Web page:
Oct. 21, 2020 — On Oct. 16, Oregon Gov. Kate Brown placed Lane County on the state’s COVID-19 watch list for the first time following a two-week increase in confirmed or suspected cases in the county.
Benton, Clatsop, Malheur and Umatilla counties are also currently on the list.
According to the Brown, presence on the watch list does not indicate that the county is being moved back to Phase I and is only a precautionary measure intended to help policymakers and COVID-19 response teams to prioritize resources and assistance to counties that are seeing the broadest spread of COVID-19.
The assistance offered to a particular county depends on the assessment of its needs, often including epidemiological assistance and staffing support.
Brown stated that the Oregon Health Authority (OHA) is working with Lane County Public Health to address the county’s increase in community spread, which she attributed in part to social gatherings.
“There is no question that the spread of COVID-19 in Lane County is connected — to a degree — to student social activities,” said Brown, referring to cases which originated from students attending the University of Oregon in Eugene. “Social gatherings, like off-campus parties, are incredibly dangerous and spread this disease. Let me be clear, though: it will take the entire county working together to bring these COVID-19 numbers under control. Once COVID-19 is spreading in the community, small family get-togethers can also lead to dozens of infections.”
The University of Oregon had reported 270 cases for the first three weeks of October when the governor’s office made its announcement. As of Friday, the university had seen 421 total cases since June 1, illustrating a 63-percent increase of cases at the university since Oct. 1.
Counties are placed on the watch list when there is a “sporadic case” rate of 50 or more per 100,000 in the preceding two weeks and the county has more than 5 sporadic cases in the same timeframe.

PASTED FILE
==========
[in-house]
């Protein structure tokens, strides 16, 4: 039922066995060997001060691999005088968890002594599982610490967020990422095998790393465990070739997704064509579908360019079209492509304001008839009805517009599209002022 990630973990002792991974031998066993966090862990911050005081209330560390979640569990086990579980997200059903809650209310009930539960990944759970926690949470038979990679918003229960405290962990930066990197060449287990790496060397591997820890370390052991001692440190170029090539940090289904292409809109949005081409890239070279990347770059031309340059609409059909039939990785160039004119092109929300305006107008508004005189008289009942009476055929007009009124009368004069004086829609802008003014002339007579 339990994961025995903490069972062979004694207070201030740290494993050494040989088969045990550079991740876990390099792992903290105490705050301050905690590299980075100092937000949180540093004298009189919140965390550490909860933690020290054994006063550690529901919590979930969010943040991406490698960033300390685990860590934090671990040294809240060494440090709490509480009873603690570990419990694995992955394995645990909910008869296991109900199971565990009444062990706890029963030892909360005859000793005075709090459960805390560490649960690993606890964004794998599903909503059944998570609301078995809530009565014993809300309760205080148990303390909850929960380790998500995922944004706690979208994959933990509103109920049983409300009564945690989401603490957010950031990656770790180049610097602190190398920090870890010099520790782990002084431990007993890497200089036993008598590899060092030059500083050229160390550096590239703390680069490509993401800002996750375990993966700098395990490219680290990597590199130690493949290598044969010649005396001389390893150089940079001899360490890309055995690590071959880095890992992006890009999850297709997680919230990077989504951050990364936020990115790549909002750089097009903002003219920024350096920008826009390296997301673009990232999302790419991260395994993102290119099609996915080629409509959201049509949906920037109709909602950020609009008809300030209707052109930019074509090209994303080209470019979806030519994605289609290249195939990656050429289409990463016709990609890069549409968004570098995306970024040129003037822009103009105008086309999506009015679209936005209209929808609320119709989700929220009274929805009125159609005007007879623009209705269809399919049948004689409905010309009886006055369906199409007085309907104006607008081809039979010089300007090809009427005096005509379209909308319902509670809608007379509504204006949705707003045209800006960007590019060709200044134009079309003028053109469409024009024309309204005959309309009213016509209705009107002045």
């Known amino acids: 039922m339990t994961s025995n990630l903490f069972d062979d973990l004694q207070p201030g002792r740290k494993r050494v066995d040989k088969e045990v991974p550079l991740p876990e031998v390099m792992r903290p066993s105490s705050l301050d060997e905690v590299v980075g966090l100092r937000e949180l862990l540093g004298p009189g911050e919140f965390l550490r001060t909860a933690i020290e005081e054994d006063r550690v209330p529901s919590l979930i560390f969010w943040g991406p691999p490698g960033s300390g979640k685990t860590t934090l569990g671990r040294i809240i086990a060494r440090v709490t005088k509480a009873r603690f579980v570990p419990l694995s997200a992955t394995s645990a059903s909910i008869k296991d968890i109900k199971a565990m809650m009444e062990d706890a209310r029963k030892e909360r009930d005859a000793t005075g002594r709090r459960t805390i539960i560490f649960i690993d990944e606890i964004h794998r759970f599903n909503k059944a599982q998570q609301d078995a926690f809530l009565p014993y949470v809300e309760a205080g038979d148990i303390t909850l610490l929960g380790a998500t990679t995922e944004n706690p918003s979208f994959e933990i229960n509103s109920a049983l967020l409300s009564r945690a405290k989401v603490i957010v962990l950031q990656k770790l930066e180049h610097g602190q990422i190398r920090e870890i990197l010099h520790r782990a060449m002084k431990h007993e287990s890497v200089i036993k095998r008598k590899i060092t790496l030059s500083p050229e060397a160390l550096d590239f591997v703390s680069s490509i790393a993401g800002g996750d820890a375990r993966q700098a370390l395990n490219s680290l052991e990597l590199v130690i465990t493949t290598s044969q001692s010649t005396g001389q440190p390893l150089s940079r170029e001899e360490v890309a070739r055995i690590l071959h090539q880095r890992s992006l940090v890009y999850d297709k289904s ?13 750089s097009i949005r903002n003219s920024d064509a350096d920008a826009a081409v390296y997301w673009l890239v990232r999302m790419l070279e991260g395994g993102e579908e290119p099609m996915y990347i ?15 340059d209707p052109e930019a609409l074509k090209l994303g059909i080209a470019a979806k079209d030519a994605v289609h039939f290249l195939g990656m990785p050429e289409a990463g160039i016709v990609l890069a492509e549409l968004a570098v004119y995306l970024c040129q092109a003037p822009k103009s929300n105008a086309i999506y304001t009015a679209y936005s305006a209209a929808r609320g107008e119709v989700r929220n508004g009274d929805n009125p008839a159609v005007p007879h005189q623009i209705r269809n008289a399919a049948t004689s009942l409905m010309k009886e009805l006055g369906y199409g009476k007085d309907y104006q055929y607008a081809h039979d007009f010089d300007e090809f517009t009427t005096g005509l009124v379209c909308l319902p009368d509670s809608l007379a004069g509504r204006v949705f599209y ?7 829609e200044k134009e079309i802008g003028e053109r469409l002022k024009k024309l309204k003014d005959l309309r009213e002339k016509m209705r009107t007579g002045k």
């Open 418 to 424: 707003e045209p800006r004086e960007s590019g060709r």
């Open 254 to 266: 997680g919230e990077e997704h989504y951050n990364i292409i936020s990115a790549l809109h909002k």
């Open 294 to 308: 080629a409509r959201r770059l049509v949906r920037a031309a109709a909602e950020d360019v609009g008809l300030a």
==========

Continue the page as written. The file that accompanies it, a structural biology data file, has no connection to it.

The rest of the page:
Sporadic cases are those which cannot be traced to a source, indicating community spread.
According to data from OHA released Oct. 20, there have been 633 COVID-related fatalities in the state. OHA also reported 346 newly confirmed cases, bringing the state’s total to 40,136.
“The watch list signifies caution,” Brown said. “When we are able to address community spread early on, the more likely we are to be successful in curbing that spread. While OHA offers support and resources to help county officials prevent further case spikes, it remains up to all community members to do their part.”
Florence City Manager Erin Reynolds emphasized the need for continued vigilance at Monday’s meeting of the Florence City Council.
“As many of you have heard, we are in a new state of COVID for Lane County. That means we are encouraging everyone to do what you can to be creative and safe and enjoy the upcoming holiday of Halloween,” Reynolds said. “Do what you can outside and enjoy the holiday with your close family and your COVID circle.”
Meanwhile, neighboring Douglas County’s COVID-19 Response Team similarly appealed to the county’s residents this week to help curtail the spread in light of recent increased metrics. Though Douglas County has had a relatively low case rate during the pandemic and is still far from being considered for the watch list, there has been a marked increase since mid-September — including in sporadic case counts.
In the response, Douglas County Public Health Officer Dr. Bob Dannenhoffer stated that almost all the county’s cases were from different sources and that he anticipates numbers to remain high and possibly increase through the rest of the fall season.
“It appears that Dr. Redfield and Dr. Fauci are likely correct that the vaccine will not be available for wide use until the second or third quarters of 2021,” he said, referring to the directors of the Centers for Disease Control and Prevention and the National Institute of Allergy and Infectious Diseases, respectively.
The Douglas County response team pointed to an upswing of cases since Labor Day as “worrying” considering the time of year — warning of severe health, educational and economic impacts should cases continue their upward trend.
“This should be very concerning for everyone as we enter into the busiest social and cold/flu season of the year,” said Dannenhoffer. “We not only think we have reached a critical juncture with COVID-19 in Douglas County, we know we have. If we do not take action to stop the spread now, the virus could potentially wreak havoc and residents run the risk of seeing these real-life consequences.”
County health officials remind residents to maintain health practices that can reduce the spread of the virus:
In addition, OHA has issued new guidance on the use of masks. It has determined that the use of face shields are not recommended with the exception of when dealing with the hearing impaired. The OHA favors masking instead. Face coverings are now required in all private and public workplaces and are required for outdoor and indoor markets, street fairs, and private and public schools and colleges.
More COVID-related reopening information for the State of Oregon can be found at govstatus.egov.com/reopening-oregon.